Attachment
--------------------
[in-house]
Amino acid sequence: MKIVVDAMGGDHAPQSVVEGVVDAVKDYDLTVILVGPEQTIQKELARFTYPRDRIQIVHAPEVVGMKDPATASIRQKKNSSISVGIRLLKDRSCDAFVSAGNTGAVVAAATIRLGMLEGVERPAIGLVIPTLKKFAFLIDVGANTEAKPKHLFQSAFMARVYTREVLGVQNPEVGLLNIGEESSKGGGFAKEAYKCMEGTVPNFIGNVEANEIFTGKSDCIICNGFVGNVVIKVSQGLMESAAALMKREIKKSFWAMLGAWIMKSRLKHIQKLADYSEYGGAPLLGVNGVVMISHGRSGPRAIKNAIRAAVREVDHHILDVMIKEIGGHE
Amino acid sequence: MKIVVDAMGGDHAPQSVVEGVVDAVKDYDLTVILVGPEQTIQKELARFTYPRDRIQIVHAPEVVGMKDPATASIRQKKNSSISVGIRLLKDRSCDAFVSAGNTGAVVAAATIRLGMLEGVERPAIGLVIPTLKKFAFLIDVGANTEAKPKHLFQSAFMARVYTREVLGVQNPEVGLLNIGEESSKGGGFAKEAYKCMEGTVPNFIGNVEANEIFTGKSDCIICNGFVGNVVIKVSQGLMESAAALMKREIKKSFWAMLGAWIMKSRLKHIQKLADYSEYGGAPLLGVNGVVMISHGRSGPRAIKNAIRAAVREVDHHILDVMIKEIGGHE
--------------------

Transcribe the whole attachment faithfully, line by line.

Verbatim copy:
[in-house]
Amino acid sequence: MKIVVDAMGGDHAPQSVVEGVVDAVKDYDLTVILVGPEQTIQKELARFTYPRDRIQIVHAPEVVGMKDPATASIRQKKNSSISVGIRLLKDRSCDAFVSAGNTGAVVAAATIRLGMLEGVERPAIGLVIPTLKKFAFLIDVGANTEAKPKHLFQSAFMARVYTREVLGVQNPEVGLLNIGEESSKGGGFAKEAYKCMEGTVPNFIGNVEANEIFTGKSDCIICNGFVGNVVIKVSQGLMESAAALMKREIKKSFWAMLGAWIMKSRLKHIQKLADYSEYGGAPLLGVNGVVMISHGRSGPRAIKNAIRAAVREVDHHILDVMIKEIGGHE
Amino acid sequence: MKIVVDAMGGDHAPQSVVEGVVDAVKDYDLTVILVGPEQTIQKELARFTYPRDRIQIVHAPEVVGMKDPATASIRQKKNSSISVGIRLLKDRSCDAFVSAGNTGAVVAAATIRLGMLEGVERPAIGLVIPTLKKFAFLIDVGANTEAKPKHLFQSAFMARVYTREVLGVQNPEVGLLNIGEESSKGGGFAKEAYKCMEGTVPNFIGNVEANEIFTGKSDCIICNGFVGNVVIKVSQGLMESAAALMKREIKKSFWAMLGAWIMKSRLKHIQKLADYSEYGGAPLLGVNGVVMISHGRSGPRAIKNAIRAAVREVDHHILDVMIKEIGGHE